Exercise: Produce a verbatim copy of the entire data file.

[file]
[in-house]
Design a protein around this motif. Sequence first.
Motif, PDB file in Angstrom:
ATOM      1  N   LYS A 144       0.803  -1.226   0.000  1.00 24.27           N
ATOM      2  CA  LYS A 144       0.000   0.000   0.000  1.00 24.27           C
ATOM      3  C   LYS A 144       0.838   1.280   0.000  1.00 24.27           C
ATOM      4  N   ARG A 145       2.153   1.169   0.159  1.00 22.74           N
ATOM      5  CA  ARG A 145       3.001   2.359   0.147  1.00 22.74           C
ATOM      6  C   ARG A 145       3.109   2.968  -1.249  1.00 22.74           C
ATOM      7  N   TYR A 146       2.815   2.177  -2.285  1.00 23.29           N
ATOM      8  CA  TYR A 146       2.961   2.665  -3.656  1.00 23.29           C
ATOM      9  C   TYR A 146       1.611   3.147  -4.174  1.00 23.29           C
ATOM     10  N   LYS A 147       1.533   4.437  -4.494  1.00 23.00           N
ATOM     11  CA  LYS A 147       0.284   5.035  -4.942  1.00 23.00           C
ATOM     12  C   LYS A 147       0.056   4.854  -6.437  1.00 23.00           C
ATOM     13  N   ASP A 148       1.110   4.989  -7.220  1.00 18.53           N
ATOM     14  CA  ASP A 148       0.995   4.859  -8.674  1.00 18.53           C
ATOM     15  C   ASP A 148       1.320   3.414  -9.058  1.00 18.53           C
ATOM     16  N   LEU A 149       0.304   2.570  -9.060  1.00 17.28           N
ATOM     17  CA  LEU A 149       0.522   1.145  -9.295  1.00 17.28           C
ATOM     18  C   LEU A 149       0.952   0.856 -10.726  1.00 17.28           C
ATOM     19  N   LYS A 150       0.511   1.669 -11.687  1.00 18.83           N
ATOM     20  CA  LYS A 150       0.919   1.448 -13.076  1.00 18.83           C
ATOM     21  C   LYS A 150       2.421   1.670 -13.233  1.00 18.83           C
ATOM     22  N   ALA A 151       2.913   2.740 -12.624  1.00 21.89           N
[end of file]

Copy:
[in-house]
Design a protein around this motif. Sequence first.
Motif, PDB file in Angstrom:
ATOM      1  N   LYS A 144       0.803  -1.226   0.000  1.00 24.27           N
ATOM      2  CA  LYS A 144       0.000   0.000   0.000  1.00 24.27           C
ATOM      3  C   LYS A 144       0.838   1.280   0.000  1.00 24.27           C
ATOM      4  N   ARG A 145       2.153   1.169   0.159  1.00 22.74           N
ATOM      5  CA  ARG A 145       3.001   2.359   0.147  1.00 22.74           C
ATOM      6  C   ARG A 145       3.109   2.968  -1.249  1.00 22.74           C
ATOM      7  N   TYR A 146       2.815   2.177  -2.285  1.00 23.29           N
ATOM      8  CA  TYR A 146       2.961   2.665  -3.656  1.00 23.29           C
ATOM      9  C   TYR A 146       1.611   3.147  -4.174  1.00 23.29           C
ATOM     10  N   LYS A 147       1.533   4.437  -4.494  1.00 23.00           N
ATOM     11  CA  LYS A 147       0.284   5.035  -4.942  1.00 23.00           C
ATOM     12  C   LYS A 147       0.056   4.854  -6.437  1.00 23.00           C
ATOM     13  N   ASP A 148       1.110   4.989  -7.220  1.00 18.53           N
ATOM     14  CA  ASP A 148       0.995   4.859  -8.674  1.00 18.53           C
ATOM     15  C   ASP A 148       1.320   3.414  -9.058  1.00 18.53           C
ATOM     16  N   LEU A 149       0.304   2.570  -9.060  1.00 17.28           N
ATOM     17  CA  LEU A 149       0.522   1.145  -9.295  1.00 17.28           C
ATOM     18  C   LEU A 149       0.952   0.856 -10.726  1.00 17.28           C
ATOM     19  N   LYS A 150       0.511   1.669 -11.687  1.00 18.83           N
ATOM     20  CA  LYS A 150       0.919   1.448 -13.076  1.00 18.83           C
ATOM     21  C   LYS A 150       2.421   1.670 -13.233  1.00 18.83           C
ATOM     22  N   ALA A 151       2.913   2.740 -12.624  1.00 21.89           N